Article from Parenting Magazine
Starting day care is a major transition in any child’s life. For some, it’s the first time they’ve ever been away from their parents for a significant amount of time and the first time they’ve ever interacted with such a large group of other children. For others, it may not be their first child care experience, but they might be adjusting to a new teacher, center or in-home day care. When you’re starting your kids at a new day care, one of the most important things you can do is prepare them for the major changes ahead.
We asked Katrina Macasaet, a child development expert and content specialist for Zero to Three; Traci Sanders, a family child care provider and author of “Right At Home: A Parent’s Guide to Choosing Quality Child Care”; and Arika Molitor, a Texas child care worker with over three years of day care experience, to share their best tips for helping your child’s transition to day care go as smoothly as possible for them, the teachers, and for yourself.
The first drop-off will likely go more smoothly if your child already recognizes the space and their teachers.
“When you first meet teachers, they are strangers to you and they are strangers to your children, so you have to feel comfortable with them and with the environment,” says Macasaet.
She recommends visiting the day care with your child more than once before the big day, if possible.
“I think it’s also a good sign if the program is willing to have you come back and visit multiple times to see different times of the day and different activities that they do and those changes,” she says.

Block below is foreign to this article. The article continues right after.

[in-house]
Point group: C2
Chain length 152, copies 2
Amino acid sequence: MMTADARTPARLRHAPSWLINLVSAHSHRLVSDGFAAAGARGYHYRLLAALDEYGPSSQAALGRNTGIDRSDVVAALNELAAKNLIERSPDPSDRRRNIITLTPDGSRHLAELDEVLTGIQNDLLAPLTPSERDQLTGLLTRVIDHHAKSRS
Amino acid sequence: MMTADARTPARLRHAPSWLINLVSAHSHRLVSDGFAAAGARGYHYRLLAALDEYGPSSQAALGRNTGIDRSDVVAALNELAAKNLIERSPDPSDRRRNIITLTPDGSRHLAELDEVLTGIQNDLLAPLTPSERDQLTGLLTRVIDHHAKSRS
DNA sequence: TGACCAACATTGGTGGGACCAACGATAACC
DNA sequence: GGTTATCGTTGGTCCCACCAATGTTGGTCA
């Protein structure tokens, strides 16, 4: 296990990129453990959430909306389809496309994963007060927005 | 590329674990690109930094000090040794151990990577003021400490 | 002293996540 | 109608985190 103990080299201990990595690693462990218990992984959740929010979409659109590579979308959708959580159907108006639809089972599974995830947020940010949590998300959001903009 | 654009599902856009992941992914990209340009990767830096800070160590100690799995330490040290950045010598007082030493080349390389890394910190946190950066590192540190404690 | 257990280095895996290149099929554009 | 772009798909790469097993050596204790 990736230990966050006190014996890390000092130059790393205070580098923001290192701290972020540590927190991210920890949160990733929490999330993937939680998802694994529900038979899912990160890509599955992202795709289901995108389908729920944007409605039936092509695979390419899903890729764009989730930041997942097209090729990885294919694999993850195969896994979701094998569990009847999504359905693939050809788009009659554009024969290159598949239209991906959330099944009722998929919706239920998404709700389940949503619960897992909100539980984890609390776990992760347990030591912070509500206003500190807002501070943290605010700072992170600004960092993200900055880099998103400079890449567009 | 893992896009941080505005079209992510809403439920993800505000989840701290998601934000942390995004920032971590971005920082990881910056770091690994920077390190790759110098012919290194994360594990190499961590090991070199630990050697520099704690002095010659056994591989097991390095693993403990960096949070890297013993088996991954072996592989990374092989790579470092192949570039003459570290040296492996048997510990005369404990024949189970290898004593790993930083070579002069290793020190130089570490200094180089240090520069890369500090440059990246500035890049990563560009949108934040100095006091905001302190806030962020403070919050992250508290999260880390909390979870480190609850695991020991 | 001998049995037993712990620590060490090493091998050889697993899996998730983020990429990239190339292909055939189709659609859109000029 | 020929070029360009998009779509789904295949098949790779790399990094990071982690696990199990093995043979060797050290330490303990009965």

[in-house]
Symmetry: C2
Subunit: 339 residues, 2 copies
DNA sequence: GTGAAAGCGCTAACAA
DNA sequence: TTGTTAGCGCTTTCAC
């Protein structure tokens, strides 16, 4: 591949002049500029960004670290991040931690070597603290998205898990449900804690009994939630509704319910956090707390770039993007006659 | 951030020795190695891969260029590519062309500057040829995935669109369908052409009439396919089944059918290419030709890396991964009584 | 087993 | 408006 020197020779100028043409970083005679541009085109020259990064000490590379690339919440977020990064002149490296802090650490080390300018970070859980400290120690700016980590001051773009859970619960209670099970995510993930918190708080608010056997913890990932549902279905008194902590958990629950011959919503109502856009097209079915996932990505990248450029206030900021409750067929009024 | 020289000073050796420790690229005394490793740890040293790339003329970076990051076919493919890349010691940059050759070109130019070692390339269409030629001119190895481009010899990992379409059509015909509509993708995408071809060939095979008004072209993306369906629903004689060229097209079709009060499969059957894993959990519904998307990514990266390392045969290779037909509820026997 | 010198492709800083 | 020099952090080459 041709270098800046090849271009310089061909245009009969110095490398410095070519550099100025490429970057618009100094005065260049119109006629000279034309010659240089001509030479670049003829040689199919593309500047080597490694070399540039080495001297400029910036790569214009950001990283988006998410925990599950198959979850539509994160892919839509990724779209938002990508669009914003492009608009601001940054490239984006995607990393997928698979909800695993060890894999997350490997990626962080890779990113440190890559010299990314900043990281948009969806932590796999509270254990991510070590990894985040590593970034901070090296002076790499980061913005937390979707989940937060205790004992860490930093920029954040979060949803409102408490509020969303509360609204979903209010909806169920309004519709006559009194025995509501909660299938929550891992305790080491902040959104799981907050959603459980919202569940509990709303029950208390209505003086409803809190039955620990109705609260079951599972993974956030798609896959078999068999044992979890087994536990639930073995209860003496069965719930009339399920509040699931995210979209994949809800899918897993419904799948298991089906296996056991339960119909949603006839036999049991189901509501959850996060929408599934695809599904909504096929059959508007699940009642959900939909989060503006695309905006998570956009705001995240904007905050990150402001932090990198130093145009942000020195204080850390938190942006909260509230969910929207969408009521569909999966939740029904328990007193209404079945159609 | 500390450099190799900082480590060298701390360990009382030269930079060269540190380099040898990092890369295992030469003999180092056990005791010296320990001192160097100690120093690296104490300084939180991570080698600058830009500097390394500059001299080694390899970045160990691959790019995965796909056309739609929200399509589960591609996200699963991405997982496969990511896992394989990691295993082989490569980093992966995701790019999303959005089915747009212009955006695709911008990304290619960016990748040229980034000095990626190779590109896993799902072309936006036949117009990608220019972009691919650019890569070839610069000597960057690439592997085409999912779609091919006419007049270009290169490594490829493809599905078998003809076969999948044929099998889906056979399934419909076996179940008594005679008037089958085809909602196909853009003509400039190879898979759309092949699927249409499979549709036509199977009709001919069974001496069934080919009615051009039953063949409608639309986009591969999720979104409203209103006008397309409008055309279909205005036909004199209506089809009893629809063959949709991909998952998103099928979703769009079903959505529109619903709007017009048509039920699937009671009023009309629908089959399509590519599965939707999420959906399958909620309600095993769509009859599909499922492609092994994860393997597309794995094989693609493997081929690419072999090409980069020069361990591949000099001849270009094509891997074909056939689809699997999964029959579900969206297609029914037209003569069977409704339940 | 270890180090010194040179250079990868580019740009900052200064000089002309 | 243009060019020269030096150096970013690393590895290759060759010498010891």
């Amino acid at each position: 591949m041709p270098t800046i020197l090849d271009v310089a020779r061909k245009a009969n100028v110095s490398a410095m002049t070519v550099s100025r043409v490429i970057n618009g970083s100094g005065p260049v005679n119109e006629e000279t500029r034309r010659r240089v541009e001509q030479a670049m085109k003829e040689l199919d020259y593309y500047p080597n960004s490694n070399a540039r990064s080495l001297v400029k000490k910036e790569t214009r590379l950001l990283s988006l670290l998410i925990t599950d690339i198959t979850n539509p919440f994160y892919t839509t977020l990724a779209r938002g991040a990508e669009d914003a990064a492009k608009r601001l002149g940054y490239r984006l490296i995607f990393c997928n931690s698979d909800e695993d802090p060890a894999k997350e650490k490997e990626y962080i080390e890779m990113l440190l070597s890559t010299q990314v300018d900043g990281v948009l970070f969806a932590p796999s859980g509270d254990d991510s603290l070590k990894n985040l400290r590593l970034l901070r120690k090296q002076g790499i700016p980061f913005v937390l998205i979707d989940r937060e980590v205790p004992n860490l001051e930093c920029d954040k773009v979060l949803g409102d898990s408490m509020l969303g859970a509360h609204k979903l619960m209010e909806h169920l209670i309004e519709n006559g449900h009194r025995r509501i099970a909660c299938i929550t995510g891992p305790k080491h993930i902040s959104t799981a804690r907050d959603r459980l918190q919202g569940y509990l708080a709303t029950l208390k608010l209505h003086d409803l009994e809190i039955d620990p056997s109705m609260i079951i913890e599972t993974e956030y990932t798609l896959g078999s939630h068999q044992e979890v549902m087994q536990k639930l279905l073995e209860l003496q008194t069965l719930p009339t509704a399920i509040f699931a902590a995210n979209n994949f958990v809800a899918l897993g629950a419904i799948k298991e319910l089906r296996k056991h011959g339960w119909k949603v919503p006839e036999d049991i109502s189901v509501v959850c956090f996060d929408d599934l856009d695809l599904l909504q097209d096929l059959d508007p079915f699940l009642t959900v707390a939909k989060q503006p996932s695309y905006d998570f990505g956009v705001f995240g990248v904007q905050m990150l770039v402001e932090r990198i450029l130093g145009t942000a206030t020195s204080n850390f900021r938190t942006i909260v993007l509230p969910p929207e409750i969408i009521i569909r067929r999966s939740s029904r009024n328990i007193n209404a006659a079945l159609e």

Even though day care will ultimately be a positive experience for your child, it’s totally normal for them to feel fearful. That’s why talking about the new routine before it starts is so important.
“Change is scary for people of all ages,” says Molitor. “Explain to your child where they will be going and why, and talk about it over and over again in the days leading up to their first day.”
If you know the day care’s napping schedule and you have enough time before your child starts, try to slowly shift their at-home nap schedule to the one they will follow at day care. If you can’t do this, it’s OK and the teachers will help them get to sleep. But if you can make even slight changes, teachers will be forever grateful, says Molitor.
Because day care providers are working with multiple children at once, it can be an asset for your child to know how to do some things independently.
“Any skill a child can do unassisted, the more it helps the provider to focus on other skills,” says Sanders. “For instance, if a child can put on his or her clothes or wash his or her own hands, that's a huge help.”
Yes, really! If your child isn’t used to going a few hours without you, Sanders says some time with a babysitter will be good for both of you.
“Go out on a movie date with your spouse for a couple hours at a time to acclimate your child to the process and to show your child that you always return,” she says. “Separation anxiety can be a tough challenge for parents and children.”
If your child is old enough to understand, read stories and watch videos or shows about positive day care experiences, says Sanders.